Translation:I will paste a sheet of paper.
Google image search "紙を貼る" and you can see various ways to do it. I'd link but apparently I am not good at links tonight.
"I will paste the paper" was not accepted here. It is requiring "a sheet of paper" but kami itself can mean one paper or a stack of paper, so why the "a sheet" requirement?
I reported "I paste paper" and "I paste a piece of paper" being marked wrong. I suspect this question doesn't have enough English language flexibility yet.
It is requiring "a sheet of paper" but kami itself can mean one paper or a stack of paper, [...]
"one paper"? o.O
This sentence feels very unnatural, and I doubt any English speaker would ever say it.
Japanese people say a lot of things we would never say in English, though.
貼る= to stick; to paste; to affix
紙=paper. I affix the paper.
Nothing is said about a piece or a sheet.
What on earth is this sentence supposed to mean at all.... Weird as hell and I don't think I'd ever hear this in English.
This sentence could be present and future, it doesn't specify I write " I paste a paper sheet" and was not accepted because it requiered a "will"
Is there a reason to reject the answer 'I paste a piece of paper'? I simply cannot find any distinction between 'a sheet of paper' and 'a piece of paper' here.
"I paste the paper" sounds rather unnatural to me. I can't think of a situation where that sentence wouldn't confuse someone.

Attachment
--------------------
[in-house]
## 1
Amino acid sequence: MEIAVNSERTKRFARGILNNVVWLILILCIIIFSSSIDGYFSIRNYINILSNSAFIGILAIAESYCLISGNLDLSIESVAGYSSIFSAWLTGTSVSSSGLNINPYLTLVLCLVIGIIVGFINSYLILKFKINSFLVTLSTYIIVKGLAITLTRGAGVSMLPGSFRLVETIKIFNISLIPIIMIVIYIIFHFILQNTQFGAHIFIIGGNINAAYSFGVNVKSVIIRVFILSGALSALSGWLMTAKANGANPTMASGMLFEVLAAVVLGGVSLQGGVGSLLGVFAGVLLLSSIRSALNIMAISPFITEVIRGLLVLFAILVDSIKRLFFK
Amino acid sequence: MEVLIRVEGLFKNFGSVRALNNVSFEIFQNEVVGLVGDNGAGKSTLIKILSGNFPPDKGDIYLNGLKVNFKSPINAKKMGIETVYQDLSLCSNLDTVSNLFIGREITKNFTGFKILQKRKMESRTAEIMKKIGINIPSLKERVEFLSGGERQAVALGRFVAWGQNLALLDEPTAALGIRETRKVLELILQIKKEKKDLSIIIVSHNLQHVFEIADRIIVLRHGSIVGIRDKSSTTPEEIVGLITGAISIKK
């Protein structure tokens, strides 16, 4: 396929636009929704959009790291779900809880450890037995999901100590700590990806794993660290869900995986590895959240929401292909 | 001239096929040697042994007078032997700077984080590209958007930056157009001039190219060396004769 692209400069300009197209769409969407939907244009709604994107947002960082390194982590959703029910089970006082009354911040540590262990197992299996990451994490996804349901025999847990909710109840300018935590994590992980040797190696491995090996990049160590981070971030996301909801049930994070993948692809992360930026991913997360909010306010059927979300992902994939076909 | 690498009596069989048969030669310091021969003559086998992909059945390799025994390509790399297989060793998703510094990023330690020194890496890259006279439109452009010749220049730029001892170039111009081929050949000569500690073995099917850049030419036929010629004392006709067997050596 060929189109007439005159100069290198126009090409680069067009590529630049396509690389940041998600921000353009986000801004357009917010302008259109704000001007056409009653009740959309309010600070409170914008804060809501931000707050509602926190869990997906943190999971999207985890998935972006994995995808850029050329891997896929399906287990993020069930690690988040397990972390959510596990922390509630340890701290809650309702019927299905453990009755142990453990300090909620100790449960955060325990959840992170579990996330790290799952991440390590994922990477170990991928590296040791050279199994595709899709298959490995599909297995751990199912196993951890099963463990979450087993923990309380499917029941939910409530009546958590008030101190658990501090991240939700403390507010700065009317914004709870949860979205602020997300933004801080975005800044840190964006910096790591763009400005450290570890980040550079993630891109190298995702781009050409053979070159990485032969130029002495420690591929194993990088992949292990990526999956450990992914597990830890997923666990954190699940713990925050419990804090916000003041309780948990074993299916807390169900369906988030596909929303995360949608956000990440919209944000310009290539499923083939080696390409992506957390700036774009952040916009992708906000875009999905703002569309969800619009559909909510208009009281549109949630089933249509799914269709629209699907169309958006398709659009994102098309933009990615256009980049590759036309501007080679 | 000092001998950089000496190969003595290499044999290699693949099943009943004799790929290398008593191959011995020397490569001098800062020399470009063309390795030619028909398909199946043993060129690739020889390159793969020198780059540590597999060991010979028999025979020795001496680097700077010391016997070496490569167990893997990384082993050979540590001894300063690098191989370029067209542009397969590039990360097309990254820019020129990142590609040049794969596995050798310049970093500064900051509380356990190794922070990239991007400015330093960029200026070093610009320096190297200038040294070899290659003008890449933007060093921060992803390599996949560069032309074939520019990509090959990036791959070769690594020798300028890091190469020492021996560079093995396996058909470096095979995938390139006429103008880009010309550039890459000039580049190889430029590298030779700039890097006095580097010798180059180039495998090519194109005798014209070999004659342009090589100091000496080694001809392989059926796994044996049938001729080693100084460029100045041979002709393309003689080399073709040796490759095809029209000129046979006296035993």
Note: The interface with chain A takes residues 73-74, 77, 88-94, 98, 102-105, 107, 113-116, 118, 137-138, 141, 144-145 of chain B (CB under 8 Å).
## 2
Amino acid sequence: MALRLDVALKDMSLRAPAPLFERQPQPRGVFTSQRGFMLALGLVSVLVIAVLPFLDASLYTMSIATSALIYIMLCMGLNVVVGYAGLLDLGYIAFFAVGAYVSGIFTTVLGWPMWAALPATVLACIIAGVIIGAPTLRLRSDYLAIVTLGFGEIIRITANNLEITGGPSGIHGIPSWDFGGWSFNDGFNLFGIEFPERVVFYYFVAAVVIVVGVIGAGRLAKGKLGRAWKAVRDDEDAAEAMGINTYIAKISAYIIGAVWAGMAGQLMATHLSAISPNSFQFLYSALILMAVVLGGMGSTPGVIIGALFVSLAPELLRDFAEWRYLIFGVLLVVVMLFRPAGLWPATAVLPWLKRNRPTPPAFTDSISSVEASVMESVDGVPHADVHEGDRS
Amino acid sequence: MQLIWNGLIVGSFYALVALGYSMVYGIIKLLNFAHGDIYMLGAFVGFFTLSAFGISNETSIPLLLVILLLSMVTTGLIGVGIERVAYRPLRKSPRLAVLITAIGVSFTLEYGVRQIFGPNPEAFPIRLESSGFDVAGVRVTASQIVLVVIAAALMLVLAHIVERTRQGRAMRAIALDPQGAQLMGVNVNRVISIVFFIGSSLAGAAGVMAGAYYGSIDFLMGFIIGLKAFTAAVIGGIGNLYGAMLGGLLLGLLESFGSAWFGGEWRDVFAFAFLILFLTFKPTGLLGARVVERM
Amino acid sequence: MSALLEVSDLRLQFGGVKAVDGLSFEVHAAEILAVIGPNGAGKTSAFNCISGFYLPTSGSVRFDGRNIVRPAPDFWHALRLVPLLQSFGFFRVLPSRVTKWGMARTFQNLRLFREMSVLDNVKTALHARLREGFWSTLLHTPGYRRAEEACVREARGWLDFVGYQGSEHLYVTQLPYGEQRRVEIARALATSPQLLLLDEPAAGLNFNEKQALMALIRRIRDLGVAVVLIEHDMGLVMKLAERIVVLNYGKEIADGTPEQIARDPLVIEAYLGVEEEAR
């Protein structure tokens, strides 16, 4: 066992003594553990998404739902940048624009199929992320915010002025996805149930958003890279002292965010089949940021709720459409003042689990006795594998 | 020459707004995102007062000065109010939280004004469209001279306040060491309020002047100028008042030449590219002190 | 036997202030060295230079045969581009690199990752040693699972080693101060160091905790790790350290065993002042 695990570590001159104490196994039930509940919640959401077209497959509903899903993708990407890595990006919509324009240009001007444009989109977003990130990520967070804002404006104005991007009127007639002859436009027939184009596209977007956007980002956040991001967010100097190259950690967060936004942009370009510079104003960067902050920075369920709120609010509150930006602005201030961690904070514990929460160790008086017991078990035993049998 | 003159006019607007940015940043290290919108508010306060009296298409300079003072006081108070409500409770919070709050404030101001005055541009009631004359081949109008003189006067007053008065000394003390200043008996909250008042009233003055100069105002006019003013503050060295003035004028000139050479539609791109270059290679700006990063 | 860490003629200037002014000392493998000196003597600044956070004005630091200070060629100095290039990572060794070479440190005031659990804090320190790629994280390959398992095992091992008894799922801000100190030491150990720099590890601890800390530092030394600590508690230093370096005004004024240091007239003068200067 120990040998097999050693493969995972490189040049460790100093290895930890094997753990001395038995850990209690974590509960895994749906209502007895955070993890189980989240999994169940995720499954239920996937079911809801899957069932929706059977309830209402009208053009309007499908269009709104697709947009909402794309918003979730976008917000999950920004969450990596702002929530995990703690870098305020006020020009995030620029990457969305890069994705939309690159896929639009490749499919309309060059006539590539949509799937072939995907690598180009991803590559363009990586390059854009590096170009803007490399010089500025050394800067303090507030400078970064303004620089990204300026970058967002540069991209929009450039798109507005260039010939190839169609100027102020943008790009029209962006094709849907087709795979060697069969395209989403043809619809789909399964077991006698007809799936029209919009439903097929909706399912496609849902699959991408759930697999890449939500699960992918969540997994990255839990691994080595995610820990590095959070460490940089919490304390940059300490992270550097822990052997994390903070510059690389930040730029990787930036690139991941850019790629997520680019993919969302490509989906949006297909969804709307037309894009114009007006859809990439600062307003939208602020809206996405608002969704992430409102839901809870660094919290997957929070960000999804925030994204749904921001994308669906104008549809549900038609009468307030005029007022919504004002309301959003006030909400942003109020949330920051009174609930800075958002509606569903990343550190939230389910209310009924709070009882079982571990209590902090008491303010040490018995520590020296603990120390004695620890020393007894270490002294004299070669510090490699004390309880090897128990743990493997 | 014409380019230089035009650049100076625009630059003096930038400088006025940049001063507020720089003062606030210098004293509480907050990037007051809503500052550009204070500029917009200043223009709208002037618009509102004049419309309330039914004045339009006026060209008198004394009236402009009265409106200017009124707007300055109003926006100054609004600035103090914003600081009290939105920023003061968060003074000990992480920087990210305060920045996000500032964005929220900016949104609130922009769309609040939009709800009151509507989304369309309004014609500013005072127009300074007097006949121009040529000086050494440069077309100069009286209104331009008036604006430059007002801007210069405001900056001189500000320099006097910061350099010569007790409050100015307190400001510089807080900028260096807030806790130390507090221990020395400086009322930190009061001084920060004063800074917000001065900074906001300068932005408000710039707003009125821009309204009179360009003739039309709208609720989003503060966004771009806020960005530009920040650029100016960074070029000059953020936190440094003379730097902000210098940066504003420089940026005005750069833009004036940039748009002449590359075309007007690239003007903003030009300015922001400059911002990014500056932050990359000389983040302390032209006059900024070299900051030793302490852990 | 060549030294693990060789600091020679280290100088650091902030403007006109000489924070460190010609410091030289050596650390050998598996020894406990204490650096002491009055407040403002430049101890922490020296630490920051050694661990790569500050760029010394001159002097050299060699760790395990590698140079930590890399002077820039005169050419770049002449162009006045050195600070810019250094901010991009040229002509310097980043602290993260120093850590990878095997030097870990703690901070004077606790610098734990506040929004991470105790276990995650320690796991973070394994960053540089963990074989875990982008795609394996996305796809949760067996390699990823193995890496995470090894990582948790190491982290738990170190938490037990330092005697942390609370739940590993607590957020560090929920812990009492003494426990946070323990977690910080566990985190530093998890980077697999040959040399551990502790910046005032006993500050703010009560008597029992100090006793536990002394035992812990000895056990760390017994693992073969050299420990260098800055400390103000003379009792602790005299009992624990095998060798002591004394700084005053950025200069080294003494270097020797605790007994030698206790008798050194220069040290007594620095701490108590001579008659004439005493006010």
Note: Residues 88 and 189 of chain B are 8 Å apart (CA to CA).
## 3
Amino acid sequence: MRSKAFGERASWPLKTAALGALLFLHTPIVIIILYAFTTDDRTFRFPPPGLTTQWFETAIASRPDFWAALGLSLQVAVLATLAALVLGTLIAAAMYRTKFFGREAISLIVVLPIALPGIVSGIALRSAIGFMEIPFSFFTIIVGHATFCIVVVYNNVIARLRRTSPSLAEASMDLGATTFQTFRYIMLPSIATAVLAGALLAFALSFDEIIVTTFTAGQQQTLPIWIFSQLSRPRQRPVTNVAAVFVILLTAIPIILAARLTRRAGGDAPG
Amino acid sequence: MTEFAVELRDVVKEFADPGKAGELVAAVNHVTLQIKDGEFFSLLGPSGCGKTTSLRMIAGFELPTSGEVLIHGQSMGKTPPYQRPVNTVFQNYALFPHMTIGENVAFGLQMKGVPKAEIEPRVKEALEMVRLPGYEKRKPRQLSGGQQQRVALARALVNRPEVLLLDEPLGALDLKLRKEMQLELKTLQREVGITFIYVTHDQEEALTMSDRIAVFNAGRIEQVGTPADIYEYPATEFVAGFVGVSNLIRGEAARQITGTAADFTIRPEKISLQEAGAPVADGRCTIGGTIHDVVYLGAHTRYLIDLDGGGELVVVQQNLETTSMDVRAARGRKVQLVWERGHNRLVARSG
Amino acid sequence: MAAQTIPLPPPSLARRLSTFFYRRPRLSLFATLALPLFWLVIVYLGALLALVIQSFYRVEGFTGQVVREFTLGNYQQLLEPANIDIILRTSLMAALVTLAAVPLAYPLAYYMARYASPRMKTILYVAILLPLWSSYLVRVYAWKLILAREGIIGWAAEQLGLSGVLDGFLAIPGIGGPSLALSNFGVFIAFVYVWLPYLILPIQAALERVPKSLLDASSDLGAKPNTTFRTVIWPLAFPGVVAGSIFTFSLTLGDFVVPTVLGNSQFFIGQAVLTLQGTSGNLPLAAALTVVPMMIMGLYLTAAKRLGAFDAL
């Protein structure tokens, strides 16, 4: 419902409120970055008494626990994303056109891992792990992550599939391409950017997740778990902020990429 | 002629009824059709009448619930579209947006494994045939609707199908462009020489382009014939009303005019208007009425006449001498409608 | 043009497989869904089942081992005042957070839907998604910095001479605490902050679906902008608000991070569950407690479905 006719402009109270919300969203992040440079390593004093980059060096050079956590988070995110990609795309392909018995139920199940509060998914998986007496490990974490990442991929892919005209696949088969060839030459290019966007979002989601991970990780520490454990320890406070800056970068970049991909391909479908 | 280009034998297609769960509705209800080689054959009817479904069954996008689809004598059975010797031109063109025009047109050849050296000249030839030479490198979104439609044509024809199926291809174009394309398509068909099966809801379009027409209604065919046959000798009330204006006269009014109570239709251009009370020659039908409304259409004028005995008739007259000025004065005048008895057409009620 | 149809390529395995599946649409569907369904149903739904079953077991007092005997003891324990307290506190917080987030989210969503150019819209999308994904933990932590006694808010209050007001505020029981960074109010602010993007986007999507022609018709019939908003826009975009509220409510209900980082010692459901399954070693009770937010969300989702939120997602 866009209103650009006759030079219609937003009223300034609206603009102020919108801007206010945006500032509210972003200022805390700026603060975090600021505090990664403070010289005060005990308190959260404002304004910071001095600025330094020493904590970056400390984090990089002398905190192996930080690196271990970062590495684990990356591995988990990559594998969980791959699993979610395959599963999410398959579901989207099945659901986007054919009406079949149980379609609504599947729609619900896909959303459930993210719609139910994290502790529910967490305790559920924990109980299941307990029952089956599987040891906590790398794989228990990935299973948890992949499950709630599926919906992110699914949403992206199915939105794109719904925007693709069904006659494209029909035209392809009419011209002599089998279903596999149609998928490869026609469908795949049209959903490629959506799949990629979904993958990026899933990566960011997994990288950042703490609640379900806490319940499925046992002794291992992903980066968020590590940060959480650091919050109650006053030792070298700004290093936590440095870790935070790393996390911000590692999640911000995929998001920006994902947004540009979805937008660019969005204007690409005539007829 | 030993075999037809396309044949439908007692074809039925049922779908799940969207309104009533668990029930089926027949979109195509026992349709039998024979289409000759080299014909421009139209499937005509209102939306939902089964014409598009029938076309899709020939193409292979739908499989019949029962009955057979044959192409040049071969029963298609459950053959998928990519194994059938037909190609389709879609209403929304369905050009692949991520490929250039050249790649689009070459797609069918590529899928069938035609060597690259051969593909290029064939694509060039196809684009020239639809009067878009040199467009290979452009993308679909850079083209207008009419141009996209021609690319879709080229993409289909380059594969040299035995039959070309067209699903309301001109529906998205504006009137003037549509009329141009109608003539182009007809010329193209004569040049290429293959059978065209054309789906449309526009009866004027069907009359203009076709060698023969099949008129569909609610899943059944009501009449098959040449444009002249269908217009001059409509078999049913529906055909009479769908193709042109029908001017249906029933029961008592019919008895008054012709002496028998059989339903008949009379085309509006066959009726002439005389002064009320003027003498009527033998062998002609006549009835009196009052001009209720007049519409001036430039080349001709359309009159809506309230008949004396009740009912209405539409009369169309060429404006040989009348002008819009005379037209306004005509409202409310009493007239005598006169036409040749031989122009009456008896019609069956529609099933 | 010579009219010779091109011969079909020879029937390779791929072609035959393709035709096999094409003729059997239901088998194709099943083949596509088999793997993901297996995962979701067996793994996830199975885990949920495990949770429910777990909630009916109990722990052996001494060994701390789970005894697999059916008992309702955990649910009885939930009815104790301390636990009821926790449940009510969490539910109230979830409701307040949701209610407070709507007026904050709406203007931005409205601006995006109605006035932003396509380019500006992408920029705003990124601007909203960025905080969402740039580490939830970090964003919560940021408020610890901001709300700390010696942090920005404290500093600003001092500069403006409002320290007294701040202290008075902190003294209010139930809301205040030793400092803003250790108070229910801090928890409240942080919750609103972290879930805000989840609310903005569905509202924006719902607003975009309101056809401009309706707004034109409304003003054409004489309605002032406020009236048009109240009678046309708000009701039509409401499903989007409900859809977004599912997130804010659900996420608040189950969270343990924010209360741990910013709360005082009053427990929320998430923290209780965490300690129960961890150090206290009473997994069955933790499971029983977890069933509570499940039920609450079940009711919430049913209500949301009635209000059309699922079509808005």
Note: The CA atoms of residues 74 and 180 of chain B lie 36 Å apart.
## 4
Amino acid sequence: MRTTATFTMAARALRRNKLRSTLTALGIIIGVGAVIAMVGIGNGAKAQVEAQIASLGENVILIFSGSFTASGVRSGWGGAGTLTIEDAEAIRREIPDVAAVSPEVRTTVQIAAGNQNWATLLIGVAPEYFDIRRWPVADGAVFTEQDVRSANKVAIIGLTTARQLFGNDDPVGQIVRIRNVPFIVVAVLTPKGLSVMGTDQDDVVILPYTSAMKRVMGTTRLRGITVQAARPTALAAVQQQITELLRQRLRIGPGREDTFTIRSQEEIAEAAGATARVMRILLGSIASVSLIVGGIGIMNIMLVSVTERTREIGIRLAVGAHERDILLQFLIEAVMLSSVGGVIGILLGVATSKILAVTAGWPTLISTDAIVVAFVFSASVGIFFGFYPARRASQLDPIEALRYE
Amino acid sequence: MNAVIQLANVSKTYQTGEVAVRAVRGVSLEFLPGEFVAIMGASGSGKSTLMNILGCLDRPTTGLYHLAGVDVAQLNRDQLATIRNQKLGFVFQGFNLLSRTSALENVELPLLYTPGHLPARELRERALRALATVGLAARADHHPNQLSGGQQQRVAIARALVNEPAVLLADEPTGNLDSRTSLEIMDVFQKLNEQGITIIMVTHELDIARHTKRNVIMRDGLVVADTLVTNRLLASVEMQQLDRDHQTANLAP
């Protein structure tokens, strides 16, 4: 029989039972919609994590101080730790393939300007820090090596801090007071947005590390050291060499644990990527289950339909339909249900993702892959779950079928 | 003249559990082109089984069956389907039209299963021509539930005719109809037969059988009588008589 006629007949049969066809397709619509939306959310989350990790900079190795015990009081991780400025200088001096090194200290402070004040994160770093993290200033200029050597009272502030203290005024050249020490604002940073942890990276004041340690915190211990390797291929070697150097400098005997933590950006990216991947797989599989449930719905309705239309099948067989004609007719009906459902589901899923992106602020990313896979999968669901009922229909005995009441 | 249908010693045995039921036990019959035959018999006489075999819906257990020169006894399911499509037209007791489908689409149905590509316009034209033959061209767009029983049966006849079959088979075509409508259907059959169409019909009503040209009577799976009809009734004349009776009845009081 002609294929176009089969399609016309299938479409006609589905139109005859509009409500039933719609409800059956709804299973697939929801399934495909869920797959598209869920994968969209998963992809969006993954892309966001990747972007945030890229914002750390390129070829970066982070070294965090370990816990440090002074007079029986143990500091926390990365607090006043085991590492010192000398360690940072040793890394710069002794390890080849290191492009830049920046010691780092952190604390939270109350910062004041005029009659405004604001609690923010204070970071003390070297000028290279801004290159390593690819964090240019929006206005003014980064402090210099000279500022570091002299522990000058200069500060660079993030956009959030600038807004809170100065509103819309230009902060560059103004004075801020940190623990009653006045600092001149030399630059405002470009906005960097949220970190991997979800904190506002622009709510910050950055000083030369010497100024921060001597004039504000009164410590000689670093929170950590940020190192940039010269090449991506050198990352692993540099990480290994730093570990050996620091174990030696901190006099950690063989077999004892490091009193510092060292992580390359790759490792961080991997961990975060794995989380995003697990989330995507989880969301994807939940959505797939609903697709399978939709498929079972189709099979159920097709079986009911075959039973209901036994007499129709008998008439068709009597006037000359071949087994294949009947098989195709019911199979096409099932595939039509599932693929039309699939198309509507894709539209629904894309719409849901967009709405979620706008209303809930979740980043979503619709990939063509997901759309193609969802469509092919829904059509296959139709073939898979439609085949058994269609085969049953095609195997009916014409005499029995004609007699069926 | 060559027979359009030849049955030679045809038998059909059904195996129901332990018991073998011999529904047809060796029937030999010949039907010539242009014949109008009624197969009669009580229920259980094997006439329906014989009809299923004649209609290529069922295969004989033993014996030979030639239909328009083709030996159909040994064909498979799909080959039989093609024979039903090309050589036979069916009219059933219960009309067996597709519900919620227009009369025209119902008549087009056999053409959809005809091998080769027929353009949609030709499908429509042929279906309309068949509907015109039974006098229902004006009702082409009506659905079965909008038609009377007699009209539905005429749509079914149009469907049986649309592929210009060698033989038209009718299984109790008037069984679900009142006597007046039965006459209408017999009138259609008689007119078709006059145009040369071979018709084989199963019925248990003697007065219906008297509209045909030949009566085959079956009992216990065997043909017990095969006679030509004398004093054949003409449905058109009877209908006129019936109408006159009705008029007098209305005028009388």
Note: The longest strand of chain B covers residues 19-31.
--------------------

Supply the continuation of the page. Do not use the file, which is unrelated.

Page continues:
If not for the tone of the reading (kaMI instead of KAmi), I'd have thought someone would have glued a god.
People who are going bald might paste hair on their heads...yeah I tried hair too. I know it was to be paper but I also am glad duolingo is adding more kanji for learning as time goes on
"I stick the paper on" wasn't accepted. Do you guys think it should be? I knew what the author meant, but it's not a common sentence for me!
That and "I'll stick the paper on." "I will paste a sheet of paper." -> "紙１枚に糊を付けます。" At the very least they need 'on' to make it 貼る・張り付ける or whatever . . .
As an english sentence this doesn't make sense. "I will apply paste to a sheet of paper". I hope to see Duolingo make some vast improvements to their Japanese section. This is like an inferior basic version if Rosetta stone.
The Japanese doesn't say anything about applying paste, it's just saying that you paste/stick a piece of paper somewhere. The problem is that in English we need that somewhere explicitly stated, whereas in Japanese you do not.
Paste a sheet of paper to what? Paste is transitive (at least in British English), ie it requires a direct object. You can 'paste a sheet of paper to another sheet of paper' or you can apply paste to sheet of paper, but you can't just paste it. Also, for 'a sheet of paper' rather than just paper shouldn't there be a counter ie ichi mai?
In the English sentence, "I paste a sheet of paper," the noun phrase "a sheet of paper" is the direct object. You're wanting a prepositional phrase, e.g., "I paste a sheet of paper to the door."
I think this question might be trying to introduce the verb to us simply, and I don't know if this phrasing is typically used in Japanese. However, it would be a simple matter to add a prepositional phrase with に when you need to use the verb.